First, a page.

"It was then that I remembered a terrible thing. Nyarlathotep had a thousand faces with which to battle us — all at once if he so chose."
- Nyarlathotep in spades. He's the Outer God who directly interferes with man and has "a thousand" forms. He's simultaneously an Ancient One, a herald, at least five separate monsters with the base game, and possibly ten with all expansions.
- Yog-Sothoth as well: Ancient One, Herald (the Lurker at the Threshold), and he is every gate in the game.
- Final Boss: The Ancient One is this. It's possible to win without having to fight it, but letting it awaken and then kicking its ass is also a victory condition. Just don't try that on Azathoth, and for other Ancient Ones, not only is victory going to be quite unlikely, but even if you do win, it'll be at great cost.
- Fire-Breathing Weapon: A flamethrower was added in the Dunwich expansion.
- Giant Spider:
- Leng Spiders; the small ones are pony-sized.
- Atlach-Nacha, the horrifyingly-powerful Ancient One and King Mook to the aforementioned Leng Spiders.
- Guns Akimbo: Anyone, if you have two one-handed weapons. Joe Diamond, Jenny Barnes, and Tony Morgan have it on their character portraits.
- Half-Human Hybrid:
- Deep One Hybrids are monsters from Innsmouth, men with horrible inhuman features. Investigators in Innsmouth run the risk of drawing Innsmouth Look cards and discovering that they too are hybrids.
- There are also two investigators, Amanda and Silas, who are already known to be hybrids. Whether or not they discover this fact affects how their personal stories go.
- Hardboiled Detective: Joe Diamond. He was even given this assignment by a classic dame.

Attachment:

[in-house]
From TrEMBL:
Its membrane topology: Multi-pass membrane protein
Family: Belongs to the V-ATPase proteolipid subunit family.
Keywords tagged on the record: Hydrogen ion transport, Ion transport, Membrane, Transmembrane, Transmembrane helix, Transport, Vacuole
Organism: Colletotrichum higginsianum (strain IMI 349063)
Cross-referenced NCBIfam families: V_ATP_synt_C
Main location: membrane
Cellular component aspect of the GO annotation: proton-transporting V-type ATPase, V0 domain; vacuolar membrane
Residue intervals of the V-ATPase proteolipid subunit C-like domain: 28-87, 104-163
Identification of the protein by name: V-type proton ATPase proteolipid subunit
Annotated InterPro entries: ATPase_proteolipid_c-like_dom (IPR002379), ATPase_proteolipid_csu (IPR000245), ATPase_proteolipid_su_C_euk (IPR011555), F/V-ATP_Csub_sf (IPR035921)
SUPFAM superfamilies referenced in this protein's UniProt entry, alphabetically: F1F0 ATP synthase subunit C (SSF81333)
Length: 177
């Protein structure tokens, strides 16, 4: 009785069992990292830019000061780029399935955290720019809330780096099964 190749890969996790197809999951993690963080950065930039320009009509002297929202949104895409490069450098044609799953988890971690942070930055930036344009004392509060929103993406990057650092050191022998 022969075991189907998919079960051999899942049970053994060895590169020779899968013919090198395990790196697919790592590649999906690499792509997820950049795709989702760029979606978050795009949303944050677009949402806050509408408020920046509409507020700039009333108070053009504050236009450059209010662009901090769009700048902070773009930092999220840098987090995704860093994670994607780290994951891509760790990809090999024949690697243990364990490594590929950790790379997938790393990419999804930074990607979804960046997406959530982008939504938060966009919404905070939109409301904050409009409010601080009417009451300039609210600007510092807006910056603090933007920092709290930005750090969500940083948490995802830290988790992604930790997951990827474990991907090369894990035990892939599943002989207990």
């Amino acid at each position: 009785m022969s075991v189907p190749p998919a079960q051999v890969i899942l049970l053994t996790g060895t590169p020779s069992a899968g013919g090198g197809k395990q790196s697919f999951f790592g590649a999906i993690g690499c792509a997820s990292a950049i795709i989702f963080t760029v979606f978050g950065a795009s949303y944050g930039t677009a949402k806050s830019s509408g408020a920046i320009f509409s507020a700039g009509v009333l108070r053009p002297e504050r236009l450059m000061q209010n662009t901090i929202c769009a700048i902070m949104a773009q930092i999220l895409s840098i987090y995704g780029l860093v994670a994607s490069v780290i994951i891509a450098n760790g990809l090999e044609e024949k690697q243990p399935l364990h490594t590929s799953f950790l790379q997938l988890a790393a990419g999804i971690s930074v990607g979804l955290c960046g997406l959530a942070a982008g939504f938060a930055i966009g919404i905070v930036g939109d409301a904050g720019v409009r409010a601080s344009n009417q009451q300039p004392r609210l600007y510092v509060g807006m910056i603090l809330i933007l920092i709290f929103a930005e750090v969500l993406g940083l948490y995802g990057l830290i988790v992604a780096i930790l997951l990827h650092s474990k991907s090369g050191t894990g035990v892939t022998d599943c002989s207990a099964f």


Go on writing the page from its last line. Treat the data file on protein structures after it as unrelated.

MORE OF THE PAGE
- Helpful Mook: Nightgaunts, servants of the alien and somewhat benevolent Nodens. When you lose a battle against them, they drop you into the nearest gate. This can cause you to explore other worlds faster or get to gates that are otherwise blocked.
- Heroic Sacrifice:
- The "For the Greater Good" mission involves getting your investigator devoured to win the game for everyone else.
- Tommy Muldoon, the Rookie Cop, benefits other investigators if he is sacrificed as quickly as possible.
- Silas Marsh can perform a heroic sacrifice (defying his Tomato in the Mirror Half-Human Hybrid heritage) to seal a gate.
- Hobos: "Ashcan" Pete.
- Holy Hand Grenade: Holy water is a one-shot magical weapon.
- Homage: William Yorick the Gravedigger is a homage to Hamlet. His background is that of a would-be Shakespearean actor turned laborer to make a living and his personal story references lines from the play as titles, in particular his failure being called "Alas, Poor Yorick".
- Hot Librarian: Mandy Thompson, the researcher, is quite pretty, shows her cleavage, and has some of the nicest investigator art.
- House Rules: The Fantasy Flight site includes semi-official house rules from the game's creator Richard Launius. In addition, there are investigator sheets for Gabe and Tycho from Penny Arcade Adventures, with Annarchy as an ally.
- Hyperactive Metabolism: An interesting variant: food does not function as a healing item, it instead reduces stamina loss.
- Immune to Bullets: It depends on the monster. Some are as fatally allergic to bullets as people, others will eat lead and then you as dessert.
- I Need a Freaking Drink: Whiskey helps reduce Sanity loss.
- Killed Off for Real: Being devoured. Generally, this only happens if you're quite unlucky in an encounter or fighting the Ancient One.
- Ley Line: The ley line map allows an investigator to circumvent environmental effects caused by Mythos cards.
- Lizard Folk: Serpent People are borrowed from Robert E. Howard's Thurian Age, and cultists of Yig are actually disguised serpent priests.
- Loads and Loads of Rules: The game has rules allowing you to fight monsters, cast spells, go crazy, go shopping, get lost between dimensions, go crazy, join the police, watch the stores close as people leave town, and go crazy before being eaten by an alien super-being. The expansions add more rules to the game to boot, including adding a Dragon to work against you or allowing for pacts with the monster.
- Lovecraft Country: The game's setting, of course.
- Lovecraft Lite: It is perfectly possible, though difficult, to seal or defeat the ancient one with no one going mad or dying.
- Luck-Based Mission: Quite a few of the personal stories are like this. The consequences for losing can be anywhere from fatal to borderline nonexistent.